Sometimes I just need to chat with new people face-to-face. That's where rideshare comes in handy. You can literally turn the app on whenever you want and flip into driver mode. And did I mention my wife is in med school? Long story short, I have a lot of me-time and driving is a great way to fill some of that space.

What do you feel about the bad press that Uber has been receiving lately?
Given how new ridesharing companies are as a business, I think they're going to experience a lot of growing pains, including in how management articulates its policies. No company is perfect: look at Microsoft CEO apologize for remarks he said about women asking for raises.

I'm not saying Uber gets a free pass because it's a new company. In fact, there are many things about Uber that I think could be improved, both as a rideshare driver and as a passenger. On the other hand, I think the industry is new and growing, and there are always growing pains associated with that. Time will tell if Uber is on the right track or if there are underlying, structural issues.

Does it worry you that Uber (and probably Lyft and Sidecar too) can track drivers and users trips? Uber is currently fighting NYC wanting them to hand over trip data. Do you think the government should have the data of your passengers travels?
Since all of these questions are related, I'll try to answer them together. I don't think it's a bad thing that Uber (and other rideshare companies) are partnering with cities to share smart data. Government collaboration on trip data is likely a good thing for society. In fact, Uber is partnering with the city of Boston to share trip data to help manage urban growth, reduce traffic congestion, and expand public transportation. If rideshare data is used in ways that manage urban growth and reduce traffic congestion, I'm all for sharing it and making it accessible to the government. I live near one of the most congested cities in the nation: Los Angeles. I'd gladly take fewer cars on the road!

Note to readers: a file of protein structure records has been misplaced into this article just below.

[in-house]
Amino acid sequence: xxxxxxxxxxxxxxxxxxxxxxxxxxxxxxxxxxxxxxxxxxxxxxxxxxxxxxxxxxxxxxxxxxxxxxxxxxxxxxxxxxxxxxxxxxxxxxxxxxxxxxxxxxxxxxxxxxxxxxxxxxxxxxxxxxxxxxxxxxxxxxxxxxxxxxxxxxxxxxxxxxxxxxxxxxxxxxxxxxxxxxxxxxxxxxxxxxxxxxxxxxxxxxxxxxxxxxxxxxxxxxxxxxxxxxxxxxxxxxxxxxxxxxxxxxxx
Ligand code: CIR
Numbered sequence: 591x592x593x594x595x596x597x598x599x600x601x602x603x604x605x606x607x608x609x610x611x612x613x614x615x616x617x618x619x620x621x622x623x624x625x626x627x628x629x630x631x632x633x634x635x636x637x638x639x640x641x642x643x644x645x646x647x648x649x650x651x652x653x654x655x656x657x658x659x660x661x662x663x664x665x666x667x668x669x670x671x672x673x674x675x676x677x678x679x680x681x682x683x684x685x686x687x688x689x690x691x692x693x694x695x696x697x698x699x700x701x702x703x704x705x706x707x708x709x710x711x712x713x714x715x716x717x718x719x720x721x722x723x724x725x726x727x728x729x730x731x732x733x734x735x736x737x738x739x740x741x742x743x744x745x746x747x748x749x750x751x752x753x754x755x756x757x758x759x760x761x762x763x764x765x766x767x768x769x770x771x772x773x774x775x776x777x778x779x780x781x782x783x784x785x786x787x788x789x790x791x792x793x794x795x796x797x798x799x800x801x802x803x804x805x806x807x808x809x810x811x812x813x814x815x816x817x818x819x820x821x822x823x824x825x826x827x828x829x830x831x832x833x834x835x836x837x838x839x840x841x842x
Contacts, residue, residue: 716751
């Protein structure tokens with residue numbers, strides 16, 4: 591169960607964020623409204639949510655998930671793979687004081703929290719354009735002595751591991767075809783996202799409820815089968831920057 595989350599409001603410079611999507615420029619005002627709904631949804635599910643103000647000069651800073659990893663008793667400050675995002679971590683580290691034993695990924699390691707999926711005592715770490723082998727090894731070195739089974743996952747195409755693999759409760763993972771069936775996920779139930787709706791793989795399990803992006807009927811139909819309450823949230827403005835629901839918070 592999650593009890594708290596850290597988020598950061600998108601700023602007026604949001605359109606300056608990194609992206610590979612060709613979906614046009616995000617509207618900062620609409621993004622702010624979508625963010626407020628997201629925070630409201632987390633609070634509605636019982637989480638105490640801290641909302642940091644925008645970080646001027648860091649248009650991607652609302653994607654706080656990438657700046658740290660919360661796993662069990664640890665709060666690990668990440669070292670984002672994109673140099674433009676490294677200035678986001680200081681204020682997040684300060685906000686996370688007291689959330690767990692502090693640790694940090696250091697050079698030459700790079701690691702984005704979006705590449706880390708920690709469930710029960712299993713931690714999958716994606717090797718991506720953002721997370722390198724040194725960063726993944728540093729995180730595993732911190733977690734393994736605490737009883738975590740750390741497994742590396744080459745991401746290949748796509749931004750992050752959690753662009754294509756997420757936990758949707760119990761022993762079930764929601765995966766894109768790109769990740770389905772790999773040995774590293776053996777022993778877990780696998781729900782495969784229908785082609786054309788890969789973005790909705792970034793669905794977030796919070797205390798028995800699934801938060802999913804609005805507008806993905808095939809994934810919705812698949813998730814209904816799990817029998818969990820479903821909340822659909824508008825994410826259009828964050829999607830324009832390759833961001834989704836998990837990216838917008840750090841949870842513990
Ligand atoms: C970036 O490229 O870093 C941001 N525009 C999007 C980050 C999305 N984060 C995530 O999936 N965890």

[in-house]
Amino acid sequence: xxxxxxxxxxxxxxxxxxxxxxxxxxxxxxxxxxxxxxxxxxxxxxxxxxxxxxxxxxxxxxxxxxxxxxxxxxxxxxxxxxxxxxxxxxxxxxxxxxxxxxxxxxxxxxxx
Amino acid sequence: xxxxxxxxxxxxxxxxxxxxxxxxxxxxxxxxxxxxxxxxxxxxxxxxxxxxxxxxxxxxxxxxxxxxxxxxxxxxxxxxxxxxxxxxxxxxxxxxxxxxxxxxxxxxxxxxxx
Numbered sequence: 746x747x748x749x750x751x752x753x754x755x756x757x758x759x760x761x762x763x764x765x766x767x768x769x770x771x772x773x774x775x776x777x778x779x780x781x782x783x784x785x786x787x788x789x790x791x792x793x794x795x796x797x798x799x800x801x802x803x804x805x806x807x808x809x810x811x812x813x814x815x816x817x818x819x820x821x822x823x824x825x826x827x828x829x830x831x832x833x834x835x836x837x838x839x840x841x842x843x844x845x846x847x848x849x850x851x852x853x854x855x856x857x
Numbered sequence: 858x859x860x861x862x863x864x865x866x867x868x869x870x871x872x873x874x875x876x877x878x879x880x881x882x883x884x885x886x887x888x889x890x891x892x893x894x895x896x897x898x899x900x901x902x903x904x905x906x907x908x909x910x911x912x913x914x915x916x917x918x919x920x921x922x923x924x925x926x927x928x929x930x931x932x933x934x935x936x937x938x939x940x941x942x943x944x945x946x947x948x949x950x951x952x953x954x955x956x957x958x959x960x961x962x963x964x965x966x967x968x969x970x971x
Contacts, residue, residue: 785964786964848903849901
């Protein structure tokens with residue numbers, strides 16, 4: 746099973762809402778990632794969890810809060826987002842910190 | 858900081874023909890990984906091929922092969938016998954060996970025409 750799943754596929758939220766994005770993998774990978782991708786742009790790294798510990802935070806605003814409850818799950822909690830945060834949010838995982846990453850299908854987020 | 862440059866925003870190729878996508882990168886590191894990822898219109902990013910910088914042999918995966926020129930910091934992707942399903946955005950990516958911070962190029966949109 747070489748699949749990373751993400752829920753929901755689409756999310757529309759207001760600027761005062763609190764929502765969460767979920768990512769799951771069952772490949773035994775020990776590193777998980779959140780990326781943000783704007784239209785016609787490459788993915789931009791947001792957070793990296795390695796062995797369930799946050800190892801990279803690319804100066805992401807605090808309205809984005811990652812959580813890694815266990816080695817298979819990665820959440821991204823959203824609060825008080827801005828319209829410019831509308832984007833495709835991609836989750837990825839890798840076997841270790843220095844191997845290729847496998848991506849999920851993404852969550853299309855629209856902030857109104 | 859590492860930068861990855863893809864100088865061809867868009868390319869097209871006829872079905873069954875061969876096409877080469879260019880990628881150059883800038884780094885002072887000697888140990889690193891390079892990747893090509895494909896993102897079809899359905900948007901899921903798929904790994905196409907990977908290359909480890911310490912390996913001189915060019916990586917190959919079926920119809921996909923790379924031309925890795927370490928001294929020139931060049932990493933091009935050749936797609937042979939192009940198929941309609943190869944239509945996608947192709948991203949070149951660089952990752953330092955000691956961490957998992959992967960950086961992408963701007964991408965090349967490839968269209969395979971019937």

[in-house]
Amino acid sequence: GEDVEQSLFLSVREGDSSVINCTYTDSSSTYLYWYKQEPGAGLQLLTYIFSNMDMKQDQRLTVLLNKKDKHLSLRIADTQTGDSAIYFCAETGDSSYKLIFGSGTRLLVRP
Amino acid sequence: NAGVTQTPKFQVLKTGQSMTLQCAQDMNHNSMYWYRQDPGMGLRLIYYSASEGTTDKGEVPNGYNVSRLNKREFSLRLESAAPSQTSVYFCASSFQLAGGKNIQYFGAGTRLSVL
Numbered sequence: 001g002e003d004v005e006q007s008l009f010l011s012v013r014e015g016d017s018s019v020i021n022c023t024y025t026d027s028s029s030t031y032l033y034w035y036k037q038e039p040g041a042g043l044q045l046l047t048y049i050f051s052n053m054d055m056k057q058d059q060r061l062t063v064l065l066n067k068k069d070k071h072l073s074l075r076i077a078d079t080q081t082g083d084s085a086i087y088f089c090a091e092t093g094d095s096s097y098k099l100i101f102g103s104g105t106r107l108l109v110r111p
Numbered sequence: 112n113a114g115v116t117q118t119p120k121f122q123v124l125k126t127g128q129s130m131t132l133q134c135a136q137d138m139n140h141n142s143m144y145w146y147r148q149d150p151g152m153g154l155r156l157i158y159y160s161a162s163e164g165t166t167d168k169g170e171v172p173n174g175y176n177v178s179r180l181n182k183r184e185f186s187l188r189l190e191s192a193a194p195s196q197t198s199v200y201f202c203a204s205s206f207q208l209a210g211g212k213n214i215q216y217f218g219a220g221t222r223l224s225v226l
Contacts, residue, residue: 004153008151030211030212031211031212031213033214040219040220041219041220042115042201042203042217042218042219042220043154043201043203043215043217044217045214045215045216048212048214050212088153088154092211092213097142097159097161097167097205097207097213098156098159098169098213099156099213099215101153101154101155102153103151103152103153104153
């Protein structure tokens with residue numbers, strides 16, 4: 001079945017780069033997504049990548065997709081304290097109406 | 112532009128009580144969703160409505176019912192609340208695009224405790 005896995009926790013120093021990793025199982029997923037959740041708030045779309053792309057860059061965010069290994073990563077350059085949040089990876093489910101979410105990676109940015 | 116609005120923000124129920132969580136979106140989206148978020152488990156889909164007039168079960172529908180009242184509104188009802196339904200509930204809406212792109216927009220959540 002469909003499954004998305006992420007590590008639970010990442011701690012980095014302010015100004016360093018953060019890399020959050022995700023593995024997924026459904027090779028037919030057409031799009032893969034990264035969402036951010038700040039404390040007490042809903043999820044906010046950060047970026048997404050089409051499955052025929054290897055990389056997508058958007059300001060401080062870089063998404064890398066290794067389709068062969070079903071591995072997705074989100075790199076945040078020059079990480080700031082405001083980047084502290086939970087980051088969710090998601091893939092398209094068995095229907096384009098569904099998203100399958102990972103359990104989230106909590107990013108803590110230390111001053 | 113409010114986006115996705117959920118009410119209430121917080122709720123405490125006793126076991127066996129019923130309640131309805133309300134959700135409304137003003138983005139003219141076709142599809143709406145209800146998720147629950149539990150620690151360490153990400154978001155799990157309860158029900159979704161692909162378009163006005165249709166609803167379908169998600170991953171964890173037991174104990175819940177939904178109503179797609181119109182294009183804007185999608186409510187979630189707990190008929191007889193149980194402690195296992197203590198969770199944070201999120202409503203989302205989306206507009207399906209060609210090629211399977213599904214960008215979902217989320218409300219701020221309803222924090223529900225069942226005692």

With regards to New York, it seems as if there are additional factors at play: NYC may be asking for more user information than Uber wanted to share. For example, the information shared with Boston is anonymized and based on users zip codes, not other identifying information. I do believe Uber's policy to be inconsistent, but I also think it is one of those growing pains that will be solved as the company grows and determines its nationwide policies.

Can you expand on what Uber needs to improve?
Uber needs to improve their image and public perception. We've seen countless media stories over some big ticket items like privacy, pay for drivers and more. Uber's acted like they're above reproach through all of this bad press but it seems like they're finally starting to realize that this could be affecting their growth.

Of the three rideshare companies you work for which is the best, and why? What's the worst one to work for?
Uber is both the best and the worst companies to work for. It's the best because you can make the most money and there are always a lot of requests for riders. On the other hand, it's the worst because Uber doesn't seem to care too much for their drivers. They seem to be more concerned with the company's growth than the growth of their drivers.

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Harry Campbell via The Rideshare Guy